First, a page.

Understanding Responses to Comedic Advertising Aggression: The Role of Vividness and Gender Identity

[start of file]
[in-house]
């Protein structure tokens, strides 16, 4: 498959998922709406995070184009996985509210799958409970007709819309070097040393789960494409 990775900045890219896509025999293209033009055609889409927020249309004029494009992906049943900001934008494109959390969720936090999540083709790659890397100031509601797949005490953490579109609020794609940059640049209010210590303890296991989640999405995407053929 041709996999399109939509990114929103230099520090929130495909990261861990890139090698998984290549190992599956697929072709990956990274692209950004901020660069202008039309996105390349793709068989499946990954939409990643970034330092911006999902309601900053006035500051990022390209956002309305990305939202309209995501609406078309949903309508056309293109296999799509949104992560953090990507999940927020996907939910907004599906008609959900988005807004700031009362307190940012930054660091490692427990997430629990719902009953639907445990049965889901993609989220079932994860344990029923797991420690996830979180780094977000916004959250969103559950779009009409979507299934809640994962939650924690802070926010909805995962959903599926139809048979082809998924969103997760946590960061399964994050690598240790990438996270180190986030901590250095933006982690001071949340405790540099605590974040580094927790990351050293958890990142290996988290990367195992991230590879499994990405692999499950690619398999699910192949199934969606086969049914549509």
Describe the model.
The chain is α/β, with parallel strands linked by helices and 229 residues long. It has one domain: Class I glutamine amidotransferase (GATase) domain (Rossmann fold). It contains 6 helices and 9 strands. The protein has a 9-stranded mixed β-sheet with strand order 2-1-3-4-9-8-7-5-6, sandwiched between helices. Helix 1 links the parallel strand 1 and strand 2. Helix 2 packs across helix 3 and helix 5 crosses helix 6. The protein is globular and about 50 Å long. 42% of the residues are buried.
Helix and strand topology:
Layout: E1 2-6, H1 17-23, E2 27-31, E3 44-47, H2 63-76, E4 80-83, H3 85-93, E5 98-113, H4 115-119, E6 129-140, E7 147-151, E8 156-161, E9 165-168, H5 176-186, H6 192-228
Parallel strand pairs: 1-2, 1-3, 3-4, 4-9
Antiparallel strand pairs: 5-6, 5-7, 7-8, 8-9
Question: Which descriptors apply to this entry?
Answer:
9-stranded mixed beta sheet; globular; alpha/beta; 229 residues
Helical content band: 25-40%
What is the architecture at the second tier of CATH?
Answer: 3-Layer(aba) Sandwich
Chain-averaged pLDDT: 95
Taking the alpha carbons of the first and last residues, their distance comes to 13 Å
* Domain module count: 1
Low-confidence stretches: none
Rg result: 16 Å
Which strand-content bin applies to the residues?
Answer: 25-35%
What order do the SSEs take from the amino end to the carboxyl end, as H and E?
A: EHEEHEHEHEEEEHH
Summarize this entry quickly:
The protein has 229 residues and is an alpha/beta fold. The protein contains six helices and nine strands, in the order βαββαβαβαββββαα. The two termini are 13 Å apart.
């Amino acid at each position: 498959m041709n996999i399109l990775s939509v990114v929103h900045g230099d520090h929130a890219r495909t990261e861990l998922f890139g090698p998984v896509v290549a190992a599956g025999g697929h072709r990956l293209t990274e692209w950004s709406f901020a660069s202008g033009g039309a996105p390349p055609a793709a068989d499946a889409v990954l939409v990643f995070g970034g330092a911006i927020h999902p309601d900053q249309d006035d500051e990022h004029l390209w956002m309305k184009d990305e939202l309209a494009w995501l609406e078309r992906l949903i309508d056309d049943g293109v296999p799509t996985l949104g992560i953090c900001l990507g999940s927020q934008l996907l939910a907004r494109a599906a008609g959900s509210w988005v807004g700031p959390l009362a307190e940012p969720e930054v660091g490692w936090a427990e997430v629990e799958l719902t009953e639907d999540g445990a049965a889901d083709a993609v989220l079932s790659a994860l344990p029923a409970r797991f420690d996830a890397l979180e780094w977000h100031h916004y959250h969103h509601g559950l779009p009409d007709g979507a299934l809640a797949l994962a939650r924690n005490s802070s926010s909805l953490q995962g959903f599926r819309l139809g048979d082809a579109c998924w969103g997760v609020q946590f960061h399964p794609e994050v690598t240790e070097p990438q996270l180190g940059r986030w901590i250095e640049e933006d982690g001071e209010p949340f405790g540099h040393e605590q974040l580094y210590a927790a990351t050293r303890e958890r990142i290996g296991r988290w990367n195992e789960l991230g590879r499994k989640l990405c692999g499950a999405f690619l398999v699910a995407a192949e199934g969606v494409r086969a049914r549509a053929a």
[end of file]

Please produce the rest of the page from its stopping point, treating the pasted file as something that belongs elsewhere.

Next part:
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As the use of comedic aggression in advertising has become more frequent, questions about the boundary conditions of its effectiveness become more important. Issues related to the vividness of the aggression, unique audience responses, and legitimacy of the aggression are examined here as potential influences on the impact of comedic advertising aggression. Two experiments are reported that explore how reactions to comedic advertising aggression are influenced by components of vividness (concreteness – aggressive intensity, emotional interest – psychological distance), the audience's gender identity, and whether the aggression was provoked and justified. Feminine identity individuals in close psychological situations react quite negatively to advertising using the highest level of comedic aggression while masculine identity individuals actually prefer the most vivid aggression in some conditions. The response patterns become different for feminine and masculine identity individuals when the aggression is unprovoked and therefore less justified. The results provide guidance about the limits of using comedic advertising aggression.



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